Charters and Documents Relating To the City of Glasgow 1175-1649 Part 1. Originally published by Scottish Burgh Records Society, Glasgow, 1897.
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IV.—NOTES AS TO THE PORTS OR GATES OF THE BURGH OF GLASGOW, EXISTING IN 1649.
The boundaries of old properties in the city are sometimes described as infra muros or extra muros civitatis Glasguensis, but this would seem simply to indicate the position of these properties as within or without the ports. Eneo Silvio, writing in the fifteenth century, describes the towns in Scotland as being all unwalled. The entry to the city by the main streets was guarded by ports or gates, which were, in times of danger at all events, under the charge of keepers, and closed at night. Beyond the houses, on the outer fringe of the town, were yards and gardens, which it was the duty of the owners to have so fenced as to prevent the access of strangers otherwise than through the ports. At the ports customs or dues were levied on goods entering the city.
The protoeol books of M. Cuthbert Simson, notary and scribe to the chapter of the cathedral, extending from 1499 to 1513, refer to the Barras-yett in 1503. (fn. 1) Those of William Hegait, town clerk, extending from 1547 to 1555, contain several references to the ports or gates of the city. (fn. 2) The East port, or Gallowgate port, is mentioned in 1551 (fn. 3) and 1552; (fn. 4) the Stable Green port in 1552–3; (fn. 5) the West port, or Trongate port, in 1551; (fn. 6) and the South or Barras-yett port in 1549. (fn. 7)
The earliest reference to the ports or gates of Glasgow occurring in the records of the burgh, which are not preserved prior to 1573, is in the account of the treasurer, which, on 6th November of that year, shows a payment of £3 6s. 8d. Scots to one Archibald Lettrik, "in full contentatioun of the keiping of the Stabill Greyne port." On 29th October of the following year the magistrates of the burgh, in view of the "contagious seiknes callit the pest, newlye rissin within this realme, and for awaye halding and preservatioun of this gud town thairfra," passed a number of ordinances, one of which ordained four ports to be kept daily thereafter, and the porters to deliver the keys to one of the bailies each evening. This ordinance mentions seven ports—the Stable Green port, which was to be kept by John Fouler; the Gallowgate port, by Archibald Lettrik; the Trongate port, by James Robb; and the South port, called the Nether Barras-yett, by John Andrew. The Rattounraw port, the Drygate port, and the Greyfriar port were ordered to be made sure and locked, and to stand locked, and the keys to be delivered to the bailies; and none were to pass through these ports without the special licence of the provost and bailies. The Schoolhouse wynd and all the vennels through which entry to the burgh might be made were also ordered to be "simpliciter condampnit and stekit up." (fn. 8) That violation of this order was punished is evidenced by an act of the 30th of the following month, which found one Robert Thomson in the "wrang and amerciament of Court" for the "lifting" at his own hand "of the myd tre [post] of the port beside the Castleyett, it being lockit and the portar at his denner, and entering thairat." (fn. 9)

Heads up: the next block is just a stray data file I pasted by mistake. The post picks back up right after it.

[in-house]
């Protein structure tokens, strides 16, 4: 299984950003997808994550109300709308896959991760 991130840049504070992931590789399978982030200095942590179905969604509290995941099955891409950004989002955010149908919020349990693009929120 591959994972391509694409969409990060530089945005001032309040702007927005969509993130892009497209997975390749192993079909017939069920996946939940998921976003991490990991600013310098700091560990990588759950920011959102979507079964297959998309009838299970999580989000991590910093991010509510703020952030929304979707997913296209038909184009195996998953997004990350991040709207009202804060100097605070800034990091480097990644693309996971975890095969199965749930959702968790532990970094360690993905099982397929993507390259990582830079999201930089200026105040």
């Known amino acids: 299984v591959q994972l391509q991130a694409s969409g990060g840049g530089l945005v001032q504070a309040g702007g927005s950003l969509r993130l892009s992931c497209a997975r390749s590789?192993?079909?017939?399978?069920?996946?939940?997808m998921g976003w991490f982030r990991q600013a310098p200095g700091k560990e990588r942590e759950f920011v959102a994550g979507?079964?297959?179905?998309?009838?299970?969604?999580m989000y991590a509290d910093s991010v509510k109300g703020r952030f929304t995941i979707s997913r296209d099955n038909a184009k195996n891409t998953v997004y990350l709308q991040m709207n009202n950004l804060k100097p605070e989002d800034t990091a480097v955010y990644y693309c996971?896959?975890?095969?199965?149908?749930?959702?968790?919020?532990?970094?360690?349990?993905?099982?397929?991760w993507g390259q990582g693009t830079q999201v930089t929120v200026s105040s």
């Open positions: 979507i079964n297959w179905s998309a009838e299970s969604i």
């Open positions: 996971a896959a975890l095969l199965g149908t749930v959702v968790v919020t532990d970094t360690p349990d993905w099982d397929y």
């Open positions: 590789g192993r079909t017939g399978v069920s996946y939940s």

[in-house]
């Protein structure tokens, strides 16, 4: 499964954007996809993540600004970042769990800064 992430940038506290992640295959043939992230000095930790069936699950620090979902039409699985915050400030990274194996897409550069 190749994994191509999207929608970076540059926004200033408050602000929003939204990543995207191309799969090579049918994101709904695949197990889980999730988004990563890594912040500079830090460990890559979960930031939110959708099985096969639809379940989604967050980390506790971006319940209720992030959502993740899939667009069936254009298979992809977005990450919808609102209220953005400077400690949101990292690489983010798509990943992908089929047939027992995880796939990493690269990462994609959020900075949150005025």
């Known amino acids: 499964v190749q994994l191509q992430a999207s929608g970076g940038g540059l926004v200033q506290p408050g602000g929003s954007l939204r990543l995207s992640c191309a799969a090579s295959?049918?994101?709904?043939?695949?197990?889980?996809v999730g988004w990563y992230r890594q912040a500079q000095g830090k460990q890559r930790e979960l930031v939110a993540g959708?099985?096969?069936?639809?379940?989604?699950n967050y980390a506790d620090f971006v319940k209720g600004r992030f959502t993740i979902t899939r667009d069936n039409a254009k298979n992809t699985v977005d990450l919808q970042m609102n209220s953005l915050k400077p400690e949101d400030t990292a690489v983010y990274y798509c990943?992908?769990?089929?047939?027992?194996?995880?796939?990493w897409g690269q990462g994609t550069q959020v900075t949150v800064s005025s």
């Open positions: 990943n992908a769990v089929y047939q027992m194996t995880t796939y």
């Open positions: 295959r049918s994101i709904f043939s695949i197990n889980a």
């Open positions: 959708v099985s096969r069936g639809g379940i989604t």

The Stable Green port or North port was situated at the northern extremity of the city near the wall which surrounded the Castle gardens. (fn. 10) The Castle Yett port or Castle port or Kirk port was situated on the side of the castle opposite to the Stable Green port across the street leading from the Wyndhead to the Cathedral. A part of the wall connected with this port, with a tower at its southern termination, remained till near the end of last century. The Old Barony Church was erected partly on the site of this tower.
The original Gallowgate port or East port was situated a little to the west of the Molendinar burn. It was afterwards placed on the eastern boundary of the city immediately to the west of the entry to St. Mungo's lane, extending across the street to the west corner of the Saracen's Head Inn. The north end of the wall connected with this gate rested on an angle of the old churchyard wall of Little St. Mungo.
The South port, Porta inferior, Nether Barras-yett, or Saltmarket port, was originally situated at the foot of Saltmarket, whence a street led to the old bridge of Glasgow, called the Bridgegait. On 14th September, 1644, the port was ordered to be taken down, and rebuilt nearer the river.
The Bridge port or Bridgegate port—frequently confounded with the Water port— formed the chief entrance to the town from the south. It is mentioned in the records of the burgh in 1588, but was removed about the close of last century.
The Water port stood in the line of the present Great Clyde Street, and a little to the west of Stockwell bridge. It formed the most convenient access to the burgh from Renfrewshire and Ayrshire. In 1639, when the defences of the city were strengthened, the Water port dyke was erected between the Lit house and Dyehouse and the old Custom house. This port appears in Slezer's view of the old Glasgow bridge. It was removed about the close of last century.